It's like saying "how could anyone possibly be mature without GNS?"

Do you really think the standard of civilized, cooperative problem solving behavior where the GM, even though he doesn't see himself at fault can respect Bob's distress enough to work with him is unreasonable? These guys need a theory just to take each other seriously? I think you're putting a lot of faith in the theory and none at all in the people.

-Marco


Title: Criticisms of the Threefold
Post by: contracycle on August 01, 2003, 08:45:25 AM
Quote

No, I'm not. The first hypotehtical had a personal argument where the GM is a "dick" which implies, I think, some kind of abusive behavior and the player decides to torpedo the game.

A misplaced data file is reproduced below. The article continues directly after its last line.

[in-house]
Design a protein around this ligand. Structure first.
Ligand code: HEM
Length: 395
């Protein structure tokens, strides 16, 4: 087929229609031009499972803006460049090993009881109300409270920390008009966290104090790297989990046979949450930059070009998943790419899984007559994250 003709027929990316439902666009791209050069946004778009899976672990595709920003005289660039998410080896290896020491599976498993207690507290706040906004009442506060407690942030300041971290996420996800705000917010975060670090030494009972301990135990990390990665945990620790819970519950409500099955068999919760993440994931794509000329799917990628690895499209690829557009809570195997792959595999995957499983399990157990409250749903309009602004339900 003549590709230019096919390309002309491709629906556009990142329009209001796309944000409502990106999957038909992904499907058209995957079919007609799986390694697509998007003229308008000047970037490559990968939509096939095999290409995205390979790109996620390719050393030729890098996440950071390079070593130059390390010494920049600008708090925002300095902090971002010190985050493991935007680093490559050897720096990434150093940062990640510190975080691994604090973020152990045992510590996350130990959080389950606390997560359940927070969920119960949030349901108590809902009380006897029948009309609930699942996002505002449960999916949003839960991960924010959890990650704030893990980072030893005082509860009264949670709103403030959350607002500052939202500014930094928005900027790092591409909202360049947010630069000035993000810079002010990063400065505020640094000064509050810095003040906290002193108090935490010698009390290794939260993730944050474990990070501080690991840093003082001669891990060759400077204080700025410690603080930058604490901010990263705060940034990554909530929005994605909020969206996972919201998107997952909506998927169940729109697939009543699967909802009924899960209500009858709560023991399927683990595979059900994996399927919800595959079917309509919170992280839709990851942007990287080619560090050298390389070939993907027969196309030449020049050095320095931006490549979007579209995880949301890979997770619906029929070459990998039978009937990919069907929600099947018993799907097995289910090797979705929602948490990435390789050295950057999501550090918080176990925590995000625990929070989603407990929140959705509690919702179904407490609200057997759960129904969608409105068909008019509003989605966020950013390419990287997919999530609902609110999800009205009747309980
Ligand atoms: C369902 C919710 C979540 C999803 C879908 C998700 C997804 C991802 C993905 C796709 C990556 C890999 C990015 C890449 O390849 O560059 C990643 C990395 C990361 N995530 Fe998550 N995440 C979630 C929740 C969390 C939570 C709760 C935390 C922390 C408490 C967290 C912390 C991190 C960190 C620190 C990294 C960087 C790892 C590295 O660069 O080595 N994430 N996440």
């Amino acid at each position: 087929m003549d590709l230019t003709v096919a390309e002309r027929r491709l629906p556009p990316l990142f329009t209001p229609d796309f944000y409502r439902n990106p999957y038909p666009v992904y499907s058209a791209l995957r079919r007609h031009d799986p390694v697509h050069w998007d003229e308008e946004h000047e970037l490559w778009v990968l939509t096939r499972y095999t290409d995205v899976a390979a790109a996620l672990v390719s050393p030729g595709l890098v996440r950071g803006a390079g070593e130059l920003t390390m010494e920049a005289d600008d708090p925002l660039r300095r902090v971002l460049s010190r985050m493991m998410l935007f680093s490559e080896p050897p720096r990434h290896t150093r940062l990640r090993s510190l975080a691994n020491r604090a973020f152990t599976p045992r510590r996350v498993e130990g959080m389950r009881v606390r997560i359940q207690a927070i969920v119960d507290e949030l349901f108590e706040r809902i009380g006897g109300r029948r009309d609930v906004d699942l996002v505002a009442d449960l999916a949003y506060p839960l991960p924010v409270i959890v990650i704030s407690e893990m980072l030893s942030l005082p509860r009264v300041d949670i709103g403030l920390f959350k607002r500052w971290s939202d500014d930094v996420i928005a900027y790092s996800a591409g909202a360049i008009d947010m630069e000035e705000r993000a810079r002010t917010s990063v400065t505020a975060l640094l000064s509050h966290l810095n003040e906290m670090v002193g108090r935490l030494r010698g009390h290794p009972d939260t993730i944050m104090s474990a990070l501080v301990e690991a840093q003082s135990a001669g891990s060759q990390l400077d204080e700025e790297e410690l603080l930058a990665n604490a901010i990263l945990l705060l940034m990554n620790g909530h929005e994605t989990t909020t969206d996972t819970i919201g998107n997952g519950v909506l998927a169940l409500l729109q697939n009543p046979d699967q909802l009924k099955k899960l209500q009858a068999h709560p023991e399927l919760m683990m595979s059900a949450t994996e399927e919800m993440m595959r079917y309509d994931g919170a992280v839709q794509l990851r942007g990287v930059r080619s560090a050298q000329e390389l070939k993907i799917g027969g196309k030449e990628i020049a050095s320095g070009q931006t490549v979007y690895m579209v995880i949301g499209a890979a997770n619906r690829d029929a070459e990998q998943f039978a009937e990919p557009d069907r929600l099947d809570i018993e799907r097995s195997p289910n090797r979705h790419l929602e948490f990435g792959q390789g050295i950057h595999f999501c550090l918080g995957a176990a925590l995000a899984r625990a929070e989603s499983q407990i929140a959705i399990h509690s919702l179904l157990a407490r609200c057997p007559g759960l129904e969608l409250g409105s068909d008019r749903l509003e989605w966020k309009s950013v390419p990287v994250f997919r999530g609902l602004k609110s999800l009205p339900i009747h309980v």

No.  The first scenario was a GNS dispute, only without GNS vocabulary.

Quote

I'm the GM, I'm willing to work with you, you've read GNS, what do you suggest? What's the resolution to the argument?

You suggest we negoitate a way to play we both agree on. Well, duh. Exlated is one great way to do that (rules + movement).


Don't you think it would be useful at this point to have some sort of vocabulary with which we can negotiate?

If we are stuck with "my way is the cioorrect way", and fail to recognises other legitimate choices, how can we succesfully negotiate?

Quote

The way this plays out when the speaker are GNS enabled is similarily vague (I still don't have a concrete answer): if there is some GNS-cooperative solution you see that's really the heck likely to work so they can play together, tell me.